STALKING involves many behaviors and can take many forms. It has very simply been defined as "unwanted pursuit". The two common features are: it involves actions unwanted by the victim & these actions threaten or cause fear to the victim. But it's MORE than that. It is a pattern of behavior that makes you feel afraid, nervous, harassed, or in danger. It is when someone repeatedly contacts you, follows you, sends you things, talks to you when you don't want them to, or threatens you. New ways of stalking emerge frequently and no list can encompass them all, but stalking behaviors can include:
Damaging your property
Knowing your schedule
Showing up at places you go
Sending mail, e-mail, and pictures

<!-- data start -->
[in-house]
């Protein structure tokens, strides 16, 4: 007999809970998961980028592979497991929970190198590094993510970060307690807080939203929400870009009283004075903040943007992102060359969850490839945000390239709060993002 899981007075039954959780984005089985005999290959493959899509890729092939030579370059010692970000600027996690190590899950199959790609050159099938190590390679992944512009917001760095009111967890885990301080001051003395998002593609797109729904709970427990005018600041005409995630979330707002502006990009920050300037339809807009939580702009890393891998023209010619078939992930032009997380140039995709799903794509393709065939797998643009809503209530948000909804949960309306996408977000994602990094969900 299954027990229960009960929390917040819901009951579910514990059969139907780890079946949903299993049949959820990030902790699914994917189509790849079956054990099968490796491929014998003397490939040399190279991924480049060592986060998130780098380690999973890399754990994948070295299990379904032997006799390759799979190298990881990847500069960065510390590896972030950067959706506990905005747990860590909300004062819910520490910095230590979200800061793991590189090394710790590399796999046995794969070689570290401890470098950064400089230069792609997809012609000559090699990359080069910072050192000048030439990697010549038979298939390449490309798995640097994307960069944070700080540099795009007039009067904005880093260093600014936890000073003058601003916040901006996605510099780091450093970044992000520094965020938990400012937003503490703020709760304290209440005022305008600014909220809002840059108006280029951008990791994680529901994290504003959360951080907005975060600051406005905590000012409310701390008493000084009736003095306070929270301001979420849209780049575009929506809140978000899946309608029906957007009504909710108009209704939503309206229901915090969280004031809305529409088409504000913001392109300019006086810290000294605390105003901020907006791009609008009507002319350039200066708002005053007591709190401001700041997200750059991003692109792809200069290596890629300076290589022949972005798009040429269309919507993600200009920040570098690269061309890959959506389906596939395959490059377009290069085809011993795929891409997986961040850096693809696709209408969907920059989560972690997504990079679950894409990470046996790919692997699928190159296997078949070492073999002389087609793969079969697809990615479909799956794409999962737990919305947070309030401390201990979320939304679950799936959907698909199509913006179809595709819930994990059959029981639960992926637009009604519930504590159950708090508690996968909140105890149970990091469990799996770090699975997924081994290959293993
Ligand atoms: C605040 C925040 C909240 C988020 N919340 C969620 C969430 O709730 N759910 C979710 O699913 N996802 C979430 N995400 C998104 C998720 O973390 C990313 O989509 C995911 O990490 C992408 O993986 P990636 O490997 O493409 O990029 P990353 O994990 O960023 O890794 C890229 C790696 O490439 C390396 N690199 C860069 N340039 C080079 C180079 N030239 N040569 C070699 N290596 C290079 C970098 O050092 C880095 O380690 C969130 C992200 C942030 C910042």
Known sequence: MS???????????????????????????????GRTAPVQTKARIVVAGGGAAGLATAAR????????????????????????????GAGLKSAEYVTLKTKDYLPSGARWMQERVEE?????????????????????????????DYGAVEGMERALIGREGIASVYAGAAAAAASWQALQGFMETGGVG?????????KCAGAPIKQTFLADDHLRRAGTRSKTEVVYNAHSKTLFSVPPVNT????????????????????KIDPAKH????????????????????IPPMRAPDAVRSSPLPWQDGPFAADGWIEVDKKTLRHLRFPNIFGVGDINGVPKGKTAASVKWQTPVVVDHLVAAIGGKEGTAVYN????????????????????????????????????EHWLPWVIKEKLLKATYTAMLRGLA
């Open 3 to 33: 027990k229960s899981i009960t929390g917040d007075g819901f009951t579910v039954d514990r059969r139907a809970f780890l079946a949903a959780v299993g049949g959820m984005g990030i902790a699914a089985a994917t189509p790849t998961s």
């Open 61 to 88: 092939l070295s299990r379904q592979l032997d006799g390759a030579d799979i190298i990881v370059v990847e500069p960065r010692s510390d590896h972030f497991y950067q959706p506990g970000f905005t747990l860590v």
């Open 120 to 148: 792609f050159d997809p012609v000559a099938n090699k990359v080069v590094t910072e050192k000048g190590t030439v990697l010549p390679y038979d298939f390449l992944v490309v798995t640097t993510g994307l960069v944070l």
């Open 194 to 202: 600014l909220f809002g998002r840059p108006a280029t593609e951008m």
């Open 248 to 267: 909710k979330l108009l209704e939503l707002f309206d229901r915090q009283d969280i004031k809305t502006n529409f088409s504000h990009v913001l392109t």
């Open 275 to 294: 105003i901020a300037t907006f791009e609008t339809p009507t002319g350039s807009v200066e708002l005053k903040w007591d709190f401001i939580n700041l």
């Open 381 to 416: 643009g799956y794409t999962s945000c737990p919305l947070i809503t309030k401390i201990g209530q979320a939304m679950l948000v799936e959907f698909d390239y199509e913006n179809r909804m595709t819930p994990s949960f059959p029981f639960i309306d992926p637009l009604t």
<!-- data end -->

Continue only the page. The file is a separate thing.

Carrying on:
Creating a website about you
Stealing things that belong to you
Calling you repeatedly
Or any other actions that the stalker takes to contact, harass, track, or frighten you.
You can be stalked by someone you know casually, a current boyfriend or girlfriend, someone you dated in the past, or a stranger. Getting notes and gifts at your home, in your locker, or other places might seem sweet and harmless to other people. But if you don't want the gifts, phone calls, messages, letters, e-mails it doesn't feel sweet or harmless. It can be scary and frustrating.
Sometimes people stalk their boyfriends or girlfriends while they're dating. They check up on them, page or call them all the time and expect instant responses, follow them, and generally keep track of them even when they haven't made plans to be together. These stalking behaviors can be part of an abusive relationship. If this is happening to you or someone you know, talk to someone who can help you.
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